[erlang-questions] Best practices for handling invalid / unexpected messages

Edmond Begumisa <>
Sat May 14 14:52:12 CEST 2011


On a related note,

I've now and then wondered about a UBF-style contract checker for  
gen_server and gen_fsm messages. I realise pattern matching is kind of  
implied contract checking (invalid messages don't get matched), but I like  
the UBF idea of starting with a contract then coding the modules from  
there rather than the other way around. The type-checking is also very  
useful.

Any thoughts?

- Edmond -

On Sat, 14 May 2011 06:20:42 +1000, Joe Armstrong <> wrote:

> No easy answer:
>
> During development:
>
>     Crash loudly - print lots of information about why you crashed
>     do init:stop() or erlang:halt() *force* the programmer to fix the  
> code
>
> During production
>
>     Crash silently - put lots of error in the log and send rude email to
> programmer
>     if you can recover do so. If you cannot recover tell the user as
> politely as possible.
>     *never* present the user with internal error message (this is most
> unprofessional)
>
> What you do with an error thus depends upon the context where it occurs -
> basically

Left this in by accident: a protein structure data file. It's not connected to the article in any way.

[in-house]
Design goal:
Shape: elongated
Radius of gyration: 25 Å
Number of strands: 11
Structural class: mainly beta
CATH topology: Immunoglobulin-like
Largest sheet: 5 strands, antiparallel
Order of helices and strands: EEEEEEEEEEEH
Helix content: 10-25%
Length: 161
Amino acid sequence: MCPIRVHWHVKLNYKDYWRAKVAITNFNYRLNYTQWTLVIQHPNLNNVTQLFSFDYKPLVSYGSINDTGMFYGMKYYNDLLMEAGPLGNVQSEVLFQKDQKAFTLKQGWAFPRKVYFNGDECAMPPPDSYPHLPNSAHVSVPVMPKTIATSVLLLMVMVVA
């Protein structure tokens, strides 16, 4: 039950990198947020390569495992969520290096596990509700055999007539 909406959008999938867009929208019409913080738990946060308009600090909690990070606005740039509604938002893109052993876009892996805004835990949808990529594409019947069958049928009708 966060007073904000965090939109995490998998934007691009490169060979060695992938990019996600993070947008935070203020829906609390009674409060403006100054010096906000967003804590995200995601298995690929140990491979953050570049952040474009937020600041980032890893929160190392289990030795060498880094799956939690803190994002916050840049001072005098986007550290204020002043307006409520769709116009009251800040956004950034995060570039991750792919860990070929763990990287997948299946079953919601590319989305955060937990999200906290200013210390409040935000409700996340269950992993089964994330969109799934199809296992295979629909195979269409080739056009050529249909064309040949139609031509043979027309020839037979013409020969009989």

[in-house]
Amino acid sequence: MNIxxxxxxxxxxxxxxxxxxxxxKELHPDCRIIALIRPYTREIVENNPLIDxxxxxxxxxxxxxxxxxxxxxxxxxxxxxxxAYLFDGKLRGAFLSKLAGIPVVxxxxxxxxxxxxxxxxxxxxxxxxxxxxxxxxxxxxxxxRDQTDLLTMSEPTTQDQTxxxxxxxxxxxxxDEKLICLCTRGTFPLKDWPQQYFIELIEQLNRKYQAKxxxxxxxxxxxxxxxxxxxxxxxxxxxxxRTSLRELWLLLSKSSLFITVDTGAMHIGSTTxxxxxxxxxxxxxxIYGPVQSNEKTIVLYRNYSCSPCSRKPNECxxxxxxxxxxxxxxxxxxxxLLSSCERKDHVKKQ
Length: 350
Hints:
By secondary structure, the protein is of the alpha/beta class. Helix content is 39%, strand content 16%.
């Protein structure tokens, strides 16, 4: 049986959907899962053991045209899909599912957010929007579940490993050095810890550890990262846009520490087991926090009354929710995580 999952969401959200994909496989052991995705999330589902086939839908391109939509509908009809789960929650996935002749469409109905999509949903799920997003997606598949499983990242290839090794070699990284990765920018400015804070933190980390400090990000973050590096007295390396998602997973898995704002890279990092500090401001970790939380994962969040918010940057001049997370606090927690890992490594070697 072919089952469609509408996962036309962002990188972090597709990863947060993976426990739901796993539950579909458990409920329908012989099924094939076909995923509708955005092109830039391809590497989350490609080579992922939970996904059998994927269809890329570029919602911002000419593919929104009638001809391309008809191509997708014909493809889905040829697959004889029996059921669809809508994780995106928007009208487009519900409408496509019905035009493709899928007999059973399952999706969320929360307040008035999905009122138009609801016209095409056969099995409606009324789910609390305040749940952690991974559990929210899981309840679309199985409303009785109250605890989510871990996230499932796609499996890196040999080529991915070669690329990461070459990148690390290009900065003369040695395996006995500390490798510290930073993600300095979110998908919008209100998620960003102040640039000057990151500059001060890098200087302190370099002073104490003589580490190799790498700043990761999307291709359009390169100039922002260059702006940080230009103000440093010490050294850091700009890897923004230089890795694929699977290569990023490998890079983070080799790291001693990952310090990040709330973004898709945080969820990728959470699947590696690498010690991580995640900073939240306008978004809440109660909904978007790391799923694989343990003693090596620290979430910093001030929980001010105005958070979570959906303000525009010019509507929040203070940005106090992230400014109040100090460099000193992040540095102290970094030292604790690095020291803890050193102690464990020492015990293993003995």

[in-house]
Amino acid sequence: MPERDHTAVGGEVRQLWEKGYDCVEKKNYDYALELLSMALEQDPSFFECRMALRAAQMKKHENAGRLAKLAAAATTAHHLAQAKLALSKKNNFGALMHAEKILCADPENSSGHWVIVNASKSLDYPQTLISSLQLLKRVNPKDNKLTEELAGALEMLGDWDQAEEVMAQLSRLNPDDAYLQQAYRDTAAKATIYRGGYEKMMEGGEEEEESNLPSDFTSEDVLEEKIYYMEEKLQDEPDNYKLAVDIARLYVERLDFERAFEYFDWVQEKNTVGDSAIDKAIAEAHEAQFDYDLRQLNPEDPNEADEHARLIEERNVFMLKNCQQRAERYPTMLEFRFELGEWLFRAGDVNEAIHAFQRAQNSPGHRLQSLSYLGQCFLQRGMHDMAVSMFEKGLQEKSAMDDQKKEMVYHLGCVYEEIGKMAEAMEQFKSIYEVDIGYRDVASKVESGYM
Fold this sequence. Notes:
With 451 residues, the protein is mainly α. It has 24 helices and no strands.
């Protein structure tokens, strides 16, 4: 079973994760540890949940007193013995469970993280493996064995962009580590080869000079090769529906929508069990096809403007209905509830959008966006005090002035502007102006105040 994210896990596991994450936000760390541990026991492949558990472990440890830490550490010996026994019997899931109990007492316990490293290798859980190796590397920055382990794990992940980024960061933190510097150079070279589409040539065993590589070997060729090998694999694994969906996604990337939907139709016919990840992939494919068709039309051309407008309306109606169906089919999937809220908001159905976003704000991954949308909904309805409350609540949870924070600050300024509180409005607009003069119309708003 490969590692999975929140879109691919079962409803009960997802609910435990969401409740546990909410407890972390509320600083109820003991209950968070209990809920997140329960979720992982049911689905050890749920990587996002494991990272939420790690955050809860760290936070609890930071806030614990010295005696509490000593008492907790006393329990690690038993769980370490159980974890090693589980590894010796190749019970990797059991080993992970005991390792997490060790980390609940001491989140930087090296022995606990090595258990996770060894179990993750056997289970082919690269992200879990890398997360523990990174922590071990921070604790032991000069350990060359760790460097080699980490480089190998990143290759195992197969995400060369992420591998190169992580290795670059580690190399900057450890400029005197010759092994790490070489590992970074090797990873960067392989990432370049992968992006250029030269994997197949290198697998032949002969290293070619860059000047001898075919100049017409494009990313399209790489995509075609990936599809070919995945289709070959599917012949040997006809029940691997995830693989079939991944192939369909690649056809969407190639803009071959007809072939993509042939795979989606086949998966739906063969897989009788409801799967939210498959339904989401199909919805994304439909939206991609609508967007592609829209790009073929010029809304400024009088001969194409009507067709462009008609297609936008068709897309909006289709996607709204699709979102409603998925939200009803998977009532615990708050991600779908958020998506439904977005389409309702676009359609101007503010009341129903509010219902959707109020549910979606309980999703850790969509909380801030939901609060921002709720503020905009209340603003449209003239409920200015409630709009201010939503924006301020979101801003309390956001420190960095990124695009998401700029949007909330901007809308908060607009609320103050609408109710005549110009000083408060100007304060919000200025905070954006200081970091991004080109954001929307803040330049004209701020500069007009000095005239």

> tell the programmer the truth and give them all the info needed to fix  
> the
> error, while
> apologizing to the end user ... send an email to the project manager  
> telling
> the code
> is broken if you want the programmer to fix it :-)
>
> /Joe
>
>
>
> On Fri, May 13, 2011 at 9:59 PM, Jachym Holecek  
> <>wrote:
>
>> # Ciprian Dorin Craciun 2011-05-13:
>> >     Lately I've started programming a bit more seriously in Erlang,
>> > and after creating a few `gen_server` or `gen_fsm` components, I've
>> > started wondering what is the best way to handle unexpected or invalid
>> > requests / messages. [...]
>> >
>> >     I think of three possibilities:
>> >     * reply back with an error:
>>
>> Yep, this is what I do:
>>
>>  handle_call(_, _, State) ->
>>      {reply, {error, bad_request}, State}.
>>
>>  handle_info(_, State) ->
>>      {noreply, State}.
>>
>> It's similar with gen_fsm & custom processes.
>>
>> >     Now each of these have advantages or disadvantages:
>> >
>> >     * the first one is "polite" to the caller, letting him retry,
>> >       but could lead to hidden bugs if the caller doesn't check
>> >       the return term;
>>
>> It also helps forward-compatibility in presence of hot code upgrades.
>>
>> >     Furthermore, let's say a process depends in his operation on
>> > another process, should it link the dependency process, should it
>> > monitor, or should it just fail on call?
>>
>> Depends on how tightly they're bound together. Linking them means "one
>> can't live without the other even for a second", monitoring means "one
>> is vaguely interested if the other is still alive" (often to clean up
>> some mess when the other dies), fail on call means "ok, I need you to
>> handle my request now, but generally I don't really care about you".
>>
>> The last option is by far the most common, the other two are employed
>> tactically in cases where it matters.
>>
>> HTH,
>>         -- Jachym
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>> 
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>>


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